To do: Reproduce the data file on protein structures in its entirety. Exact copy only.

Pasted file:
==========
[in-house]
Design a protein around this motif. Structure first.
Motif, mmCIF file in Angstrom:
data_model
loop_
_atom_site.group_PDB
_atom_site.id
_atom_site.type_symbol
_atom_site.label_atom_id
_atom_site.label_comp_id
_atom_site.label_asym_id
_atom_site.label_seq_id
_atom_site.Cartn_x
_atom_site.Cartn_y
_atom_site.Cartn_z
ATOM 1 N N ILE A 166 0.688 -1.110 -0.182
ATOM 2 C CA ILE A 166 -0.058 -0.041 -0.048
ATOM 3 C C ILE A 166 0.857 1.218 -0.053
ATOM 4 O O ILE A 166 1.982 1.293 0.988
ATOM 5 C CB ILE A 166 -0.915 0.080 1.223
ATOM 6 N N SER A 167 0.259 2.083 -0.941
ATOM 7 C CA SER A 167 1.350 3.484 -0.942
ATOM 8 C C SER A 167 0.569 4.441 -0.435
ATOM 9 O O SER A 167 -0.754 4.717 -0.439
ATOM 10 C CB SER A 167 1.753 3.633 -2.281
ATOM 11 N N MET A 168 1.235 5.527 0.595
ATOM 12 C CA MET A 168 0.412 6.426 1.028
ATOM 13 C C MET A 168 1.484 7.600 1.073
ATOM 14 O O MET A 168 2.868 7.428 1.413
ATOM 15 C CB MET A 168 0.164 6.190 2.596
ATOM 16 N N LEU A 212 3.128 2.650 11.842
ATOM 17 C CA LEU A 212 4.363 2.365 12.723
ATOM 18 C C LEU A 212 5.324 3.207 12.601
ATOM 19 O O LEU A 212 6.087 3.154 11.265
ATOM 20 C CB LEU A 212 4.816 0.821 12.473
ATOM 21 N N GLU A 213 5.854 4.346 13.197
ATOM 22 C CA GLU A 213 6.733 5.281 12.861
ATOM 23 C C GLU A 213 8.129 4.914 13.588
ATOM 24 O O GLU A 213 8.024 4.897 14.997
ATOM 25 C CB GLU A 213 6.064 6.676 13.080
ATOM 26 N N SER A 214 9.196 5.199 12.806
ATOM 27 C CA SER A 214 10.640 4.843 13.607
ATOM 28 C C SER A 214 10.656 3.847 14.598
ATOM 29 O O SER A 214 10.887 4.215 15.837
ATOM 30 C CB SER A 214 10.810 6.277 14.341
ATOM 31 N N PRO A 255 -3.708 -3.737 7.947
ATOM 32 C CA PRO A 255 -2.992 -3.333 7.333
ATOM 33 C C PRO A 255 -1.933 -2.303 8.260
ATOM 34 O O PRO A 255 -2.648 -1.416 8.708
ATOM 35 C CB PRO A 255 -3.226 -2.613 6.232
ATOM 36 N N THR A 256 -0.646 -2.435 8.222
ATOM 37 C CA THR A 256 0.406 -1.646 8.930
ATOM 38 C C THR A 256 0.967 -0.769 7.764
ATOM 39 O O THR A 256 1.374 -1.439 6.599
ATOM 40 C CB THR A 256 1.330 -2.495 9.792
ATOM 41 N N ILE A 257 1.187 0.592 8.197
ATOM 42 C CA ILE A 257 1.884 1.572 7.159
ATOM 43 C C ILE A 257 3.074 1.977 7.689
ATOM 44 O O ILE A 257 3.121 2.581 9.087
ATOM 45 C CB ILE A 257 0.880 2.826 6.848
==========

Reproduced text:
[in-house]
Design a protein around this motif. Structure first.
Motif, mmCIF file in Angstrom:
data_model
loop_
_atom_site.group_PDB
_atom_site.id
_atom_site.type_symbol
_atom_site.label_atom_id
_atom_site.label_comp_id
_atom_site.label_asym_id
_atom_site.label_seq_id
_atom_site.Cartn_x
_atom_site.Cartn_y
_atom_site.Cartn_z
ATOM 1 N N ILE A 166 0.688 -1.110 -0.182
ATOM 2 C CA ILE A 166 -0.058 -0.041 -0.048
ATOM 3 C C ILE A 166 0.857 1.218 -0.053
ATOM 4 O O ILE A 166 1.982 1.293 0.988
ATOM 5 C CB ILE A 166 -0.915 0.080 1.223
ATOM 6 N N SER A 167 0.259 2.083 -0.941
ATOM 7 C CA SER A 167 1.350 3.484 -0.942
ATOM 8 C C SER A 167 0.569 4.441 -0.435
ATOM 9 O O SER A 167 -0.754 4.717 -0.439
ATOM 10 C CB SER A 167 1.753 3.633 -2.281
ATOM 11 N N MET A 168 1.235 5.527 0.595
ATOM 12 C CA MET A 168 0.412 6.426 1.028
ATOM 13 C C MET A 168 1.484 7.600 1.073
ATOM 14 O O MET A 168 2.868 7.428 1.413
ATOM 15 C CB MET A 168 0.164 6.190 2.596
ATOM 16 N N LEU A 212 3.128 2.650 11.842
ATOM 17 C CA LEU A 212 4.363 2.365 12.723
ATOM 18 C C LEU A 212 5.324 3.207 12.601
ATOM 19 O O LEU A 212 6.087 3.154 11.265
ATOM 20 C CB LEU A 212 4.816 0.821 12.473
ATOM 21 N N GLU A 213 5.854 4.346 13.197
ATOM 22 C CA GLU A 213 6.733 5.281 12.861
ATOM 23 C C GLU A 213 8.129 4.914 13.588
ATOM 24 O O GLU A 213 8.024 4.897 14.997
ATOM 25 C CB GLU A 213 6.064 6.676 13.080
ATOM 26 N N SER A 214 9.196 5.199 12.806
ATOM 27 C CA SER A 214 10.640 4.843 13.607
ATOM 28 C C SER A 214 10.656 3.847 14.598
ATOM 29 O O SER A 214 10.887 4.215 15.837
ATOM 30 C CB SER A 214 10.810 6.277 14.341
ATOM 31 N N PRO A 255 -3.708 -3.737 7.947
ATOM 32 C CA PRO A 255 -2.992 -3.333 7.333
ATOM 33 C C PRO A 255 -1.933 -2.303 8.260
ATOM 34 O O PRO A 255 -2.648 -1.416 8.708
ATOM 35 C CB PRO A 255 -3.226 -2.613 6.232
ATOM 36 N N THR A 256 -0.646 -2.435 8.222
ATOM 37 C CA THR A 256 0.406 -1.646 8.930
ATOM 38 C C THR A 256 0.967 -0.769 7.764
ATOM 39 O O THR A 256 1.374 -1.439 6.599
ATOM 40 C CB THR A 256 1.330 -2.495 9.792
ATOM 41 N N ILE A 257 1.187 0.592 8.197
ATOM 42 C CA ILE A 257 1.884 1.572 7.159
ATOM 43 C C ILE A 257 3.074 1.977 7.689
ATOM 44 O O ILE A 257 3.121 2.581 9.087
ATOM 45 C CB ILE A 257 0.880 2.826 6.848